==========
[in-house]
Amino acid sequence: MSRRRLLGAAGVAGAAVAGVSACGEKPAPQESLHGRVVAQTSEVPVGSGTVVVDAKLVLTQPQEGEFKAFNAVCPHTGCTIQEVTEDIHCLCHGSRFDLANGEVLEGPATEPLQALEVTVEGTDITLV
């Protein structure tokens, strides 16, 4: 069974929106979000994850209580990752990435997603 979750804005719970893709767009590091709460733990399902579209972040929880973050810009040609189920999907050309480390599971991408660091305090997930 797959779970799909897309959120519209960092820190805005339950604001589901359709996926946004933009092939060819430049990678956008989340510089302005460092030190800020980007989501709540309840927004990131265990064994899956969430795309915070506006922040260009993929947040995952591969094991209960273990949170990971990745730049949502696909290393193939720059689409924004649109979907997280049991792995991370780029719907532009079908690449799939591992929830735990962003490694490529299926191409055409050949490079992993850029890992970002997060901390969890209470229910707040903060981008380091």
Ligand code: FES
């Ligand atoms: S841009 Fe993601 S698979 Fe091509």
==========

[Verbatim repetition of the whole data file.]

[in-house]
Amino acid sequence: MSRRRLLGAAGVAGAAVAGVSACGEKPAPQESLHGRVVAQTSEVPVGSGTVVVDAKLVLTQPQEGEFKAFNAVCPHTGCTIQEVTEDIHCLCHGSRFDLANGEVLEGPATEPLQALEVTVEGTDITLV
């Protein structure tokens, strides 16, 4: 069974929106979000994850209580990752990435997603 979750804005719970893709767009590091709460733990399902579209972040929880973050810009040609189920999907050309480390599971991408660091305090997930 797959779970799909897309959120519209960092820190805005339950604001589901359709996926946004933009092939060819430049990678956008989340510089302005460092030190800020980007989501709540309840927004990131265990064994899956969430795309915070506006922040260009993929947040995952591969094991209960273990949170990971990745730049949502696909290393193939720059689409924004649109979907997280049991792995991370780029719907532009079908690449799939591992929830735990962003490694490529299926191409055409050949490079992993850029890992970002997060901390969890209470229910707040903060981008380091």
Ligand code: FES
């Ligand atoms: S841009 Fe993601 S698979 Fe091509």